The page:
Worsening drought forces state of emergency in Puerto Rico

Puerto Rico’s governor on Monday declared a state of emergency as a worsening drought creeps across the U.S. territory amid the coronavirus pandemic.

Starting July 2, nearly 140,000 clients, including some in the capital of San Juan, will be without water for 24 hours every other day as part of strict rationing measures. Puerto Rico’s utilities urged people to not stockpile water excessively, because it would worsen the situation.

Officials asked that everyone use masks and maintain social distancing if they seek water from one of 23 water trucks set up across the island.

“We’re asking people to please use moderation,” said Doriel Pagán, executive director of Puerto Rico’s Water and Sewer Authority, adding that she could not say how long the rationing will last.

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Fernanda Ramos, a meteorologist with the U.S. National Weather Service in San Juan, said ongoing dry conditions will be interrupted by thunderstorms on the island Wednesday and Thursday.

A cloud of Sahara dust blankets the view of the mountains in Carolina, Puerto Rico, June 23.

A cloud of Sahara dust blankets the view of the mountains in Carolina, Puerto Rico, June 23.
(AP Photo/Carlos Giusti)

“However, we are not expecting enough rain… to solve the problem we’re seeing,” she said.

More than 26 percent of the island is experiencing a severe drought and another 60 percent is under a moderate drought, according to the U.S. Drought Monitor.

Gov. Wanda Vázquez said 21 of 78 municipalities are affected by the severe drought while another 29 by the moderate drought. An additional 12 municipalities face abnormally dry conditions. The worst of the drought is concentrated in Puerto Rico’s southern region, which continues to be affected by aftershocks following a 6.0-magnitude earthquake that hit in early January and caused millions in damage.

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An administrative order signed Monday prohibits certain activities in most municipalities including watering gardens during daylight hours, filling pools, and using a hose or non-recycled water to wash cars. Those caught could be fined.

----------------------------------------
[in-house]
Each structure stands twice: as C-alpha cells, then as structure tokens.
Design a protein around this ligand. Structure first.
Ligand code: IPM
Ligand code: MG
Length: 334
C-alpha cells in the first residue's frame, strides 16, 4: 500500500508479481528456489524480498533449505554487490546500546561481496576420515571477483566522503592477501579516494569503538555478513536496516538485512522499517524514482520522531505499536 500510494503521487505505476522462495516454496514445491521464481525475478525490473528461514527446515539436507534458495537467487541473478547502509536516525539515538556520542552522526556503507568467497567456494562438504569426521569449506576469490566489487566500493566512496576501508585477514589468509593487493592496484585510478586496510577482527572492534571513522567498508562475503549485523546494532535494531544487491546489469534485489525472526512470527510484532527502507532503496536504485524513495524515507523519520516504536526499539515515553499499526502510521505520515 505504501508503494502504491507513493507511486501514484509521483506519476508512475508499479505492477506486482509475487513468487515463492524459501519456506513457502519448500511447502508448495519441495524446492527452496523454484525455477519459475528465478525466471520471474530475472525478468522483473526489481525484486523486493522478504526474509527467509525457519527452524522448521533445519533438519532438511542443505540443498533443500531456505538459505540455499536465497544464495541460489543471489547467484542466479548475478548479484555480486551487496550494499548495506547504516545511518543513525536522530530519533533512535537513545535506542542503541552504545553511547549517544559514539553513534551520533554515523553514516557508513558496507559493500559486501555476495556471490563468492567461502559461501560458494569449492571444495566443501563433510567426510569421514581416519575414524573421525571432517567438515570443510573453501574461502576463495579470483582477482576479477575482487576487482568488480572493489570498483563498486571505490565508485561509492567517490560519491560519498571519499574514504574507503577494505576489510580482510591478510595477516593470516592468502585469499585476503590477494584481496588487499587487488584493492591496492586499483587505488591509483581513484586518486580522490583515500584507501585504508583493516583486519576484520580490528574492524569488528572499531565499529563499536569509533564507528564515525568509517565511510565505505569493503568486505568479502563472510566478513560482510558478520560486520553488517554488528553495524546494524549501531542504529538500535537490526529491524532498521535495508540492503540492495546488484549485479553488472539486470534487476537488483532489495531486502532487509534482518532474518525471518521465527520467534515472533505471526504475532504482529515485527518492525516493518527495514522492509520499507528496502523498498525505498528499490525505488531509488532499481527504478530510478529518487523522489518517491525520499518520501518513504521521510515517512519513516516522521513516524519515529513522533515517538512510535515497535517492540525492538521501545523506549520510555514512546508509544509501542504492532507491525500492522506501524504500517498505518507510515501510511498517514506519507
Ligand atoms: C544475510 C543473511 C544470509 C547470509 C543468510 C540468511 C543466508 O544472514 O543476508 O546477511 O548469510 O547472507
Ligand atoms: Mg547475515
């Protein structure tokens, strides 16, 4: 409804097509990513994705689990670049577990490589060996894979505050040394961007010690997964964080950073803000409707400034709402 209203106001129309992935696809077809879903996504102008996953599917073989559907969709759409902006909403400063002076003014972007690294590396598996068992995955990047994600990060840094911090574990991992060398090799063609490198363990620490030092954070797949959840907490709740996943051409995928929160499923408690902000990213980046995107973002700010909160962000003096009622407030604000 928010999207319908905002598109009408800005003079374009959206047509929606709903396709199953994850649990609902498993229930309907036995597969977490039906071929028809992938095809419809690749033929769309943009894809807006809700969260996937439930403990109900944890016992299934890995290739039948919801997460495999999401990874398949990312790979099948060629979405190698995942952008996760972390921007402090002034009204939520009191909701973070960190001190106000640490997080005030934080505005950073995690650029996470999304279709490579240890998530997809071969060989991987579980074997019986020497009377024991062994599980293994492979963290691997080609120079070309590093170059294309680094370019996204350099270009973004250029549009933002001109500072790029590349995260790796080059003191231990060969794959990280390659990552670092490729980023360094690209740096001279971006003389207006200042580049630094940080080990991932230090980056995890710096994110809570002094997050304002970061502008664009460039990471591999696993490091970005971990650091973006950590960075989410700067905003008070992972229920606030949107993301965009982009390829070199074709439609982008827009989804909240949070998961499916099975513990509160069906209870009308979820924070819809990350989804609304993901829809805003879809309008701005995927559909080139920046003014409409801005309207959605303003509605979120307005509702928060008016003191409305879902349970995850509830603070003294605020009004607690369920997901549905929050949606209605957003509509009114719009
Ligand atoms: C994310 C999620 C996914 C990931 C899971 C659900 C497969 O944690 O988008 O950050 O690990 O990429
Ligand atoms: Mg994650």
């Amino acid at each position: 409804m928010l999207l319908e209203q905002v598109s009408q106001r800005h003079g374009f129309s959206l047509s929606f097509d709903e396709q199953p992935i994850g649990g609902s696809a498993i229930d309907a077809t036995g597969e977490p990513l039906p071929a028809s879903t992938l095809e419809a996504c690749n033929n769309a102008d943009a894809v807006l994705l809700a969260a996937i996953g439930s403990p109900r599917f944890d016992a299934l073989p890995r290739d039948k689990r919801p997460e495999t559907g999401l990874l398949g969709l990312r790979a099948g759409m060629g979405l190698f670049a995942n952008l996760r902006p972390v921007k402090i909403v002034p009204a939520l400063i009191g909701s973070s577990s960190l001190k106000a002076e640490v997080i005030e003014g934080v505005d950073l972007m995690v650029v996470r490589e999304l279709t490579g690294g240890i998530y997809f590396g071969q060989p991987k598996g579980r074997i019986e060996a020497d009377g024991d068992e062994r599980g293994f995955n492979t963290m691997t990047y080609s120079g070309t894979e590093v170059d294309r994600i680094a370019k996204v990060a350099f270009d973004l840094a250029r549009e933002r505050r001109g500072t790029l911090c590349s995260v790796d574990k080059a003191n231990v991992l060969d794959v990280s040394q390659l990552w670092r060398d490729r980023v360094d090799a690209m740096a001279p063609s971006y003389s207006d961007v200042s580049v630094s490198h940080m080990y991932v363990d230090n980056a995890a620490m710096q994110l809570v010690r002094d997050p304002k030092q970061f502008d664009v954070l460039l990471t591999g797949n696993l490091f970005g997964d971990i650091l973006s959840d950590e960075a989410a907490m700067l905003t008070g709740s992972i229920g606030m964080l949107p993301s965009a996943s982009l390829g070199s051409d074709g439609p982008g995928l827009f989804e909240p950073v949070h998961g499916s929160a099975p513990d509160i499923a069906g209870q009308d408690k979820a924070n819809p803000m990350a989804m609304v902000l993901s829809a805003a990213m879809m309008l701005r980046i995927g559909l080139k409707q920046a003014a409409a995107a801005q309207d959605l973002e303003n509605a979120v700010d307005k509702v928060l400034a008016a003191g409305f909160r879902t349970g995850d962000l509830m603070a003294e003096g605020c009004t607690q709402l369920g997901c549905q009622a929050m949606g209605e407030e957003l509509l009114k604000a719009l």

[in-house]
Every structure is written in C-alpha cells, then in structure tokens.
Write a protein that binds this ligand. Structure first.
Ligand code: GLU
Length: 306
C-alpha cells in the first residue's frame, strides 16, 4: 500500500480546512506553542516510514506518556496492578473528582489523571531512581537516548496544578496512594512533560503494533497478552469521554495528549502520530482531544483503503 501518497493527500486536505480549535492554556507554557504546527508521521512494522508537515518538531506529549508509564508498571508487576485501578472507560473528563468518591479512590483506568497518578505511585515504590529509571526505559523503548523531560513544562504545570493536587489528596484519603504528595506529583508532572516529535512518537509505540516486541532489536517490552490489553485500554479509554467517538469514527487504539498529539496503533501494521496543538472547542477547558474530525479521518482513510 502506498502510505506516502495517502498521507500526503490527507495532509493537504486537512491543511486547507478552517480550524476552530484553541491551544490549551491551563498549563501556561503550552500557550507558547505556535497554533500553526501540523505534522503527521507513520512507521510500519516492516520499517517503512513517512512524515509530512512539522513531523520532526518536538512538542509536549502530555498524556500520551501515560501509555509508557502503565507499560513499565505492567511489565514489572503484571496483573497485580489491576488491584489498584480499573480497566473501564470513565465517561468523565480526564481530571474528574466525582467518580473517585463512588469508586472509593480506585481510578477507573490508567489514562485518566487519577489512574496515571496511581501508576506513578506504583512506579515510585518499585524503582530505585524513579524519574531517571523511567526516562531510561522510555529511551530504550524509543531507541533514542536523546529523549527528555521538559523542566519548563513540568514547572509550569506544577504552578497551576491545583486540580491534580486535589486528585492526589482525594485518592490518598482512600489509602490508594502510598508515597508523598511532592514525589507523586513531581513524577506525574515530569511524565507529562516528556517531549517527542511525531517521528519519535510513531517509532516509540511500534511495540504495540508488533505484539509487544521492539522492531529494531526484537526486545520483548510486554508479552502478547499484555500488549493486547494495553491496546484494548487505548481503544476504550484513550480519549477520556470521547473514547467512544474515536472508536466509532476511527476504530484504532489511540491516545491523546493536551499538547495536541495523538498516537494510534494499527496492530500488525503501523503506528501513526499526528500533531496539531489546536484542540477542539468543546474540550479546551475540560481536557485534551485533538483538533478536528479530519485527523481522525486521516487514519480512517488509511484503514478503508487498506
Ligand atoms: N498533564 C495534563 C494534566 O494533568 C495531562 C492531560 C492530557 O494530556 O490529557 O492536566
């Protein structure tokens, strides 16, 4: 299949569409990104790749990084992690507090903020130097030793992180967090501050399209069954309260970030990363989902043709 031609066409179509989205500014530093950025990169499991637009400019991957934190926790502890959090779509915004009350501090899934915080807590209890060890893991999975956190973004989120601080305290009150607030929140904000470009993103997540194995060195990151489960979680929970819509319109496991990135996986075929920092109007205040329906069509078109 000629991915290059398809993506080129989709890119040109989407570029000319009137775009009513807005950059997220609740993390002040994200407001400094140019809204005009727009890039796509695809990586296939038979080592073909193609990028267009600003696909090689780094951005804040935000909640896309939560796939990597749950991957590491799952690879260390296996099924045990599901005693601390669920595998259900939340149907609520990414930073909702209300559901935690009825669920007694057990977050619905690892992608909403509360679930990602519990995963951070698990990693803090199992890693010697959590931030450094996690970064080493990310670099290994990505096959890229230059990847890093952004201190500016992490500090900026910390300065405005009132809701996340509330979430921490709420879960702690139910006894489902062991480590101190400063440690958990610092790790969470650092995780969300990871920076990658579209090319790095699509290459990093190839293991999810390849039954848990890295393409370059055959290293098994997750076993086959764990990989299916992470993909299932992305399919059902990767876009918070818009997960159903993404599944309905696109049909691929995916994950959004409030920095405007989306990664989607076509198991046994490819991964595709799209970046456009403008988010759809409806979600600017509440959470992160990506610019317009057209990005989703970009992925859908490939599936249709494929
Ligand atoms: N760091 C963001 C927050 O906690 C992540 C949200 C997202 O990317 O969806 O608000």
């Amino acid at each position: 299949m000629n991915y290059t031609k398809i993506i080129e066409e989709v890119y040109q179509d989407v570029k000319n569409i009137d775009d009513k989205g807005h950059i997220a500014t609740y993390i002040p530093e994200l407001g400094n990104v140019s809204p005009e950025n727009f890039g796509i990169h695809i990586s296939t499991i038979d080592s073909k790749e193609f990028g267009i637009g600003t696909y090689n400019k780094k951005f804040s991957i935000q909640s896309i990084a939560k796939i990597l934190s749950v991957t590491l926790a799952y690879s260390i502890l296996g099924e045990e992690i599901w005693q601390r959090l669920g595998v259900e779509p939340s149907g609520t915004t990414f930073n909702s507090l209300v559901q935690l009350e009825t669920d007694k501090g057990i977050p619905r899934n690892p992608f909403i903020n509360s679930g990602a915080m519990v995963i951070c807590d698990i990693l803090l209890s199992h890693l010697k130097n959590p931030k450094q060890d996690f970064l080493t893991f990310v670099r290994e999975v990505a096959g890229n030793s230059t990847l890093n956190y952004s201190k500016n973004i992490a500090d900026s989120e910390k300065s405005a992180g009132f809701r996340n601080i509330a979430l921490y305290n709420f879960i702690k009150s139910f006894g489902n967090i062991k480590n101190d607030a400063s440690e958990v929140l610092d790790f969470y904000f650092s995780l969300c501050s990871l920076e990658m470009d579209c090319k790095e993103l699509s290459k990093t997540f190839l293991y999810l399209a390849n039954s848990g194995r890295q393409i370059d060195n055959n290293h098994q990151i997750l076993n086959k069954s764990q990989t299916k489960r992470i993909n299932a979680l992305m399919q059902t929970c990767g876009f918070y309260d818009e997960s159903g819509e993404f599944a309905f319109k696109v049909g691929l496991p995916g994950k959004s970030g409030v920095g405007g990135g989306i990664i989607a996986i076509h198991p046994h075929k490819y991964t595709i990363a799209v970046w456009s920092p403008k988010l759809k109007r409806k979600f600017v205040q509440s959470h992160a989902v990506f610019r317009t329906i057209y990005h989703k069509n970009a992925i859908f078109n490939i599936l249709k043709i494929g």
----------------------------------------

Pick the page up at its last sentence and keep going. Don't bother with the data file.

More than 26 percent of Puerto Rico is experiencing a severe drought and another 60 percent is under a moderate drought, according to the U.S. Drought Monitor.

More than 26 percent of Puerto Rico is experiencing a severe drought and another 60 percent is under a moderate drought, according to the U.S. Drought Monitor.
(AP Photo/Carlos Giusti)

Vázquez’s announcement comes amid criticism that her administration has not dredged reservoirs, which would eliminate sediment and avoid excess loss of water. Pagán said the utility spoke with the Federal Emergency Management Agency since Hurricane Maria about a $300 million dredging investment. She blamed the lengthy process on the number of studies needed.

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The upcoming water rationing measures will affect clients connected to the Carraízo reservoir, one of 11 that Puerto Rico’s government operates. Pagán said that reservoir was last dredged in the late 1990s. Officials have already taken other measures, including activating water wells and transferring more than 30,000 clients from Carraízo to another reservoir.

The utility is restructuring a portion of its multibillion-dollar debt and suspended all capital improvement projects, including dredging, as a result of its fiscal woes. Natalie Jaresko, executive director of a federal control board that oversees Puerto Rico’s finances amid a deep economic crisis, said Monday that up to 60 percent of water is wasted, lost or stolen.

An upcoming project to install meters at the company’s production facilities is expected to improve the situation, and the board has approved a fiscal plan for the utilities company that calls for dredging projects. However, the company has final say on whether it will carry out those projects and what kind of funding it would use.

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Puerto Rico last experienced a punishing drought five years ago that affected 2.5 million people and led to severe water rationing measures. During that time, some 400,000 utility customers received water only every third day.

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